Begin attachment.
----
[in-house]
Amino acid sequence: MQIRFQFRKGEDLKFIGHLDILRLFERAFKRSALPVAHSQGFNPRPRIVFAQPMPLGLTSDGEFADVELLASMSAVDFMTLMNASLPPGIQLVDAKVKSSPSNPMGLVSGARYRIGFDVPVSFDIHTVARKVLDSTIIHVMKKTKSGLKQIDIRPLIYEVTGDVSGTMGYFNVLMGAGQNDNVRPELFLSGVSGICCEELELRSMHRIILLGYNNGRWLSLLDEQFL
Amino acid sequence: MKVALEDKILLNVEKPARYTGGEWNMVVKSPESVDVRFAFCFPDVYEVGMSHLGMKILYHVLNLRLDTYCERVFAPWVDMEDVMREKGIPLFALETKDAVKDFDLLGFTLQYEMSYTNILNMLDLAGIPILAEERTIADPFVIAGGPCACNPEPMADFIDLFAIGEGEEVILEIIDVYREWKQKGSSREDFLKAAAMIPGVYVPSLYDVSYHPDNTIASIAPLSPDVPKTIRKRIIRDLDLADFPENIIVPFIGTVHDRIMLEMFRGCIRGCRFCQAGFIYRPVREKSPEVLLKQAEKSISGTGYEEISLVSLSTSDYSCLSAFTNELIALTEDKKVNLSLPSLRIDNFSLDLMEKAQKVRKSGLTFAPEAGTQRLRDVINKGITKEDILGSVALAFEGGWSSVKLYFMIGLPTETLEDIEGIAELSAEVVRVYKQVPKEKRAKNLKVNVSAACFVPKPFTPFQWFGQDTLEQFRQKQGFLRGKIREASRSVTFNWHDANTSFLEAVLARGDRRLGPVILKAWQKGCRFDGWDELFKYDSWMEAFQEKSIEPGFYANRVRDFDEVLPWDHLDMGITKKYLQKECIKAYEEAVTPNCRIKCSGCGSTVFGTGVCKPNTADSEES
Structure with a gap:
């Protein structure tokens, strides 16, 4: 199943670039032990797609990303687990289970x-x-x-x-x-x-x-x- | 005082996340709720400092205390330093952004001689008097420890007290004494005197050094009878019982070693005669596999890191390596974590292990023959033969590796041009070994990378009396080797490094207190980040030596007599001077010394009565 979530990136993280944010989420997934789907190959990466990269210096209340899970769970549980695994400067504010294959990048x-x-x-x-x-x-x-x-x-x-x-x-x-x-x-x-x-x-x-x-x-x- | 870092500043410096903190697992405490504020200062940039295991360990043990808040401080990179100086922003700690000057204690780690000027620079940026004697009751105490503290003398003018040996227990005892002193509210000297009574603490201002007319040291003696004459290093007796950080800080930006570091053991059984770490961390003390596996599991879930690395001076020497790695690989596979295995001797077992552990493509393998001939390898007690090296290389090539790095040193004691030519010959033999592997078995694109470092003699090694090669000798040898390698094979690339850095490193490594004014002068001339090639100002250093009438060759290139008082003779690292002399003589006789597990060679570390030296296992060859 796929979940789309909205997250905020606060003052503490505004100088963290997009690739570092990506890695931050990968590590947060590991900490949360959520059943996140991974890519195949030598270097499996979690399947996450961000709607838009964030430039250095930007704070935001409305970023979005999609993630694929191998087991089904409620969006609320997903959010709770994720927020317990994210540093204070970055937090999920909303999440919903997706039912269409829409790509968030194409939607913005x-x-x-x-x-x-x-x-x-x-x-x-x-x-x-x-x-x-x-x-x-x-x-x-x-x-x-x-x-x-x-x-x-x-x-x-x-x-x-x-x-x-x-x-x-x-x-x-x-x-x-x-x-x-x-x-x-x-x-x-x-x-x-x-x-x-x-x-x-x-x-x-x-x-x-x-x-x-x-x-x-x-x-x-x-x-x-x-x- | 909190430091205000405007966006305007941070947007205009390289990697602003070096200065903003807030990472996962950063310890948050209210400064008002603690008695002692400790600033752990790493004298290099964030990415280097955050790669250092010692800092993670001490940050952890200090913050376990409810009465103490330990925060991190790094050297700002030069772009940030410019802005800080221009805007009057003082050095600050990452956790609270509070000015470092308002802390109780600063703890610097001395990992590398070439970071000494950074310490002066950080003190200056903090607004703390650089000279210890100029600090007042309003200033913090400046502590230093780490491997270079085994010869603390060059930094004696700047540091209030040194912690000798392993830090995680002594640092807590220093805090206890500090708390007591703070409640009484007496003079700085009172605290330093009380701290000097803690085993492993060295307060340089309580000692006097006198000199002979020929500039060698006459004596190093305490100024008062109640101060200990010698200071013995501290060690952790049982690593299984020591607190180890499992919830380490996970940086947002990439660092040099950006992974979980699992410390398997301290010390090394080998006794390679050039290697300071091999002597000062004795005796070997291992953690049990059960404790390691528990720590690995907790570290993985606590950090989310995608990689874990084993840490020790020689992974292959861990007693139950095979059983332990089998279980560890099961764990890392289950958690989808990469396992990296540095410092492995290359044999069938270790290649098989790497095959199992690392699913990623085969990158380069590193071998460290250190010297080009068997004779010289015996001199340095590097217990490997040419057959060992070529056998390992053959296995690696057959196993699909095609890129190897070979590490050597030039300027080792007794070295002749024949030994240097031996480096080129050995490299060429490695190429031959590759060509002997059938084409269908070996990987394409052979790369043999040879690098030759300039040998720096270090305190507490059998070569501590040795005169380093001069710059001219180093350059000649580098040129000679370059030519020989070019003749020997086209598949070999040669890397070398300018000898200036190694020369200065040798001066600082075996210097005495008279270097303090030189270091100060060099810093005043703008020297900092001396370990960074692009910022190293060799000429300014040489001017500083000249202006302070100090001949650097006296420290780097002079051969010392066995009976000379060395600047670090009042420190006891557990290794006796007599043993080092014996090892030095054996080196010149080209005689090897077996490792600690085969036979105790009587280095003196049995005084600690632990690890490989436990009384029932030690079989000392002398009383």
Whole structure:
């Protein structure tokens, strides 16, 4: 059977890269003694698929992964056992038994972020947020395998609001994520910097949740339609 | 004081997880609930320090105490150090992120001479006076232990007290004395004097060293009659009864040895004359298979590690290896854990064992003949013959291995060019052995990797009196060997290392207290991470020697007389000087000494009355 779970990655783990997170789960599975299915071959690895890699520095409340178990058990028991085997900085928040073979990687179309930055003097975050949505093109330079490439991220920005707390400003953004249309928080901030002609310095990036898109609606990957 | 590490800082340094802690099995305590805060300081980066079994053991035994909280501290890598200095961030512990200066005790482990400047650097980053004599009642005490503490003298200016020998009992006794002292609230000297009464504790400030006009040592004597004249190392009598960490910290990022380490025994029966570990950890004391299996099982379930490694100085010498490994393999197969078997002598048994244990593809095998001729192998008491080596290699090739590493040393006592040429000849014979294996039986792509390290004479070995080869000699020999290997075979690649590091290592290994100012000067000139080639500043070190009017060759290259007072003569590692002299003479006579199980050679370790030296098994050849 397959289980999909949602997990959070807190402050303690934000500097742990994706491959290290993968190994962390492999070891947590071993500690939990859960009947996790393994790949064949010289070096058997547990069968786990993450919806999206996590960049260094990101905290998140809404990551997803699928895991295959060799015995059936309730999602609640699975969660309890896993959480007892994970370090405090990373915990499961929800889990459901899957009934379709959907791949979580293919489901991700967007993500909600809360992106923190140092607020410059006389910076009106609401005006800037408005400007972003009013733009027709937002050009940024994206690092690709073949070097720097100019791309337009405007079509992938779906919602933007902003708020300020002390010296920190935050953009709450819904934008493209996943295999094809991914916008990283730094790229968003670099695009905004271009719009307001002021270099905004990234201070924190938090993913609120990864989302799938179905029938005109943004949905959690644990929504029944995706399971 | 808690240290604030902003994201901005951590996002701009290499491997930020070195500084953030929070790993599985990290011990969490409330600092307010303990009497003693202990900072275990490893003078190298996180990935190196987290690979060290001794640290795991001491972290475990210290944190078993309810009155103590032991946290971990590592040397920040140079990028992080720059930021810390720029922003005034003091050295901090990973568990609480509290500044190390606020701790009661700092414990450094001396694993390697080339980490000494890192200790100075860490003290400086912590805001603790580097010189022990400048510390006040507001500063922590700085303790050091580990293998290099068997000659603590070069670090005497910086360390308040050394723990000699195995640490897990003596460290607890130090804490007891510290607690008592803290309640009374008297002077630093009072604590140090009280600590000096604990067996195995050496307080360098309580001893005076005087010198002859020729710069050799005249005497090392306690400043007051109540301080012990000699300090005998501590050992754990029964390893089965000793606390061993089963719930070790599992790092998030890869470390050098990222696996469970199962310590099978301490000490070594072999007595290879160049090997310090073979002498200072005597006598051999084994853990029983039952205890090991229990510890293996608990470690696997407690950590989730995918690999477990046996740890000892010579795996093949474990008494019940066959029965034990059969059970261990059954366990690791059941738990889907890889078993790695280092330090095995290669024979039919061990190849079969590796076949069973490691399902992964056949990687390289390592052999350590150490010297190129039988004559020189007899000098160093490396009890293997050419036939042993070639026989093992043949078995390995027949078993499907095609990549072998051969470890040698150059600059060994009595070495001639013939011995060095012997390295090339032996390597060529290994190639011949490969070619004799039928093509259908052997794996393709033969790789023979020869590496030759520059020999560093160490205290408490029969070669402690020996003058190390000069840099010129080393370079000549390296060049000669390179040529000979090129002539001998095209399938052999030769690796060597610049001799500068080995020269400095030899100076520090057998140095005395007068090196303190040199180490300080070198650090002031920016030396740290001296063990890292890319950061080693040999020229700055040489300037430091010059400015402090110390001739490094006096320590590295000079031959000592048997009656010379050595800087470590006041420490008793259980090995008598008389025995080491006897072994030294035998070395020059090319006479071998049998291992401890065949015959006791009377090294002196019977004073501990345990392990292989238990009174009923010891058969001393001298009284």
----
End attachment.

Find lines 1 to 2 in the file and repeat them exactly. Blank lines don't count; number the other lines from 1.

[in-house]
Amino acid sequence: MQIRFQFRKGEDLKFIGHLDILRLFERAFKRSALPVAHSQGFNPRPRIVFAQPMPLGLTSDGEFADVELLASMSAVDFMTLMNASLPPGIQLVDAKVKSSPSNPMGLVSGARYRIGFDVPVSFDIHTVARKVLDSTIIHVMKKTKSGLKQIDIRPLIYEVTGDVSGTMGYFNVLMGAGQNDNVRPELFLSGVSGICCEELELRSMHRIILLGYNNGRWLSLLDEQFL